Right now, because physicians have such a poor understanding of what causes the disease, they can’t tell which infants will be hardest hit, Dutta said. “At present, we’re managing all cases the same way without addressing the concept that the child with heart disease may have a different underlying cause of NEC than the child with prematurity alone. We’re giving support, but not really curing the disease.”
To gain insight into how necrotizing enterocolitis starts, Dutta and his collaborators investigated whether a pre-existing medical problem—congenital heart defects—affected the course of the disease. They reviewed medical records from 76 infants who had a congenital heart defect together with necrotizing enterocolitis and 126 infants who had necrotizing enterocolitis alone. All study subjects were patients at Packard Children’s between May 1999 and August 2007.
The researchers found that babies who had both necrotizing enterocolitis and a congenital heart defect fared better than those who had necrotizing enterocolitis alone. Even premature babies with heart defects did better than those who were premature alone. Babies who had heart defects were less likely than other affected infants to suffer intestinal perforation or abnormal narrowing of the bowel. They also were less likely to need surgery to resolve infection, to require an artificial drain through the abdominal wall for managing bowel perforation or to require removal of portions of diseased intestine.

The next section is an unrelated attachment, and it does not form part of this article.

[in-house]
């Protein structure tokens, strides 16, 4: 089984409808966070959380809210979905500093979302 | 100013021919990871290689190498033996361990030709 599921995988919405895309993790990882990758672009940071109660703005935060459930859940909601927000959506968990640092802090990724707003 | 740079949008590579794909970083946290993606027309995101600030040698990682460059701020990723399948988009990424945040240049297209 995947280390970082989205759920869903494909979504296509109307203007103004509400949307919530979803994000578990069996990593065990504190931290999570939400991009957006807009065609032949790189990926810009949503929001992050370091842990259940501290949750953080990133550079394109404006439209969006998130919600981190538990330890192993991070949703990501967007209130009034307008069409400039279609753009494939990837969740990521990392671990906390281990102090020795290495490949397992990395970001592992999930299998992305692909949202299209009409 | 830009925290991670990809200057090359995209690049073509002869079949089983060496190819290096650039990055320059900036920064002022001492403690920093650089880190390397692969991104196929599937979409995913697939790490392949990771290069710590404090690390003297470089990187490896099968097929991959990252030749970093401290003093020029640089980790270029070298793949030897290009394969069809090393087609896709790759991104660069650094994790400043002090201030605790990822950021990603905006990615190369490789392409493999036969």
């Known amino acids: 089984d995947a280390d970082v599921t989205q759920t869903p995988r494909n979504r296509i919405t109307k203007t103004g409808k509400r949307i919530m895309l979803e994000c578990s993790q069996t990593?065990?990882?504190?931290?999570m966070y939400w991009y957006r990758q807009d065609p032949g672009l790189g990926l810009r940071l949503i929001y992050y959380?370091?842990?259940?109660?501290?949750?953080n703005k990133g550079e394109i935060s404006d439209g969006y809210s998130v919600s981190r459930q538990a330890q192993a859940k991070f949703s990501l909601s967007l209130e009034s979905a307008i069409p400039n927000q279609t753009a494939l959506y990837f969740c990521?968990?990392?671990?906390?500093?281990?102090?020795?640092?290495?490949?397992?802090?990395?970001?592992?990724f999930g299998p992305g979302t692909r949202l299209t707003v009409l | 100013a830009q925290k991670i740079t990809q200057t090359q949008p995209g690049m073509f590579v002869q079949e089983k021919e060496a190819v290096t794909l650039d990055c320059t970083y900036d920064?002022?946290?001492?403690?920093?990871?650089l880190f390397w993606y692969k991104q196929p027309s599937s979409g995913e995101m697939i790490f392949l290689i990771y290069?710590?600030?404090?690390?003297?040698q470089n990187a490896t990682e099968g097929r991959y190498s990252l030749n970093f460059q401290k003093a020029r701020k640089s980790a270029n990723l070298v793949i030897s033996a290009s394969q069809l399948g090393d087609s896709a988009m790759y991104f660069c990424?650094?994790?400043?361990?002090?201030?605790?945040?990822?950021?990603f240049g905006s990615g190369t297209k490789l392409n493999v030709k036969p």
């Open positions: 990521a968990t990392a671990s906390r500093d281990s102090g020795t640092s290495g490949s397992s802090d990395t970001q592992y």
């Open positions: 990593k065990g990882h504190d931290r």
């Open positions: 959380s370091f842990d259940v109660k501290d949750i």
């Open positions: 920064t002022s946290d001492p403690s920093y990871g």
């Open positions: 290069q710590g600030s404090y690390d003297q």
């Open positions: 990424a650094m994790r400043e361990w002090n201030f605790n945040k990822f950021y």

The findings suggest that infants with heart defects may be getting the disorder because of reduced blood flow to the bowel, while those with normal hearts may get the disease for other reasons, such as a bad reaction to oral feeding in premature infants with an underdeveloped gut. Both poor blood flow and gut immaturity have been blamed for NEC before, but the relative importance of each factor has been unclear.
Another possibility suggested by the researchers is that the close medical monitoring given to infants with heart defects helps physicians detect the intestinal problem early and thus institute therapy more quickly.
Although necrotizing enterocolitis is relatively rare, “it’s a disease that has a huge impact on society,” Dutta said. “These kids can get very sick and die, or suffer permanent injury to the bowel.”
Infants who survive often require repeat hospitalizations and expensive treatments throughout their lives.
Swine flu update: Cases confirmed at NYC prep school
NEW YORK As of 1 p.m. Monday, the Centers for Disease Control and Prevention confirmed 20 additional cases of swine flu in New York, bringing the total number of swine flu cases so far to 40 overall and 28 in New York.
The New York City Department of Health is investigating a cluster of illness at the St. Francis Preparatory School in Queens, where 100 students missed classes because of flu-like illness last week. Daily calls with hospitals and monitoring of admissions have yet to suggest a wider or more severe outbreak.
The 20 additional cases of swine flu were associated with the St. Francis Preparatory School, the CDC confirmed.
All of the patients suffered only minor illness.
The NYC Health Department has also identified 17 more probable cases within the St. Francis school cluster. Nasal swabs from those patients are undergoing confirmatory testing at the CDC.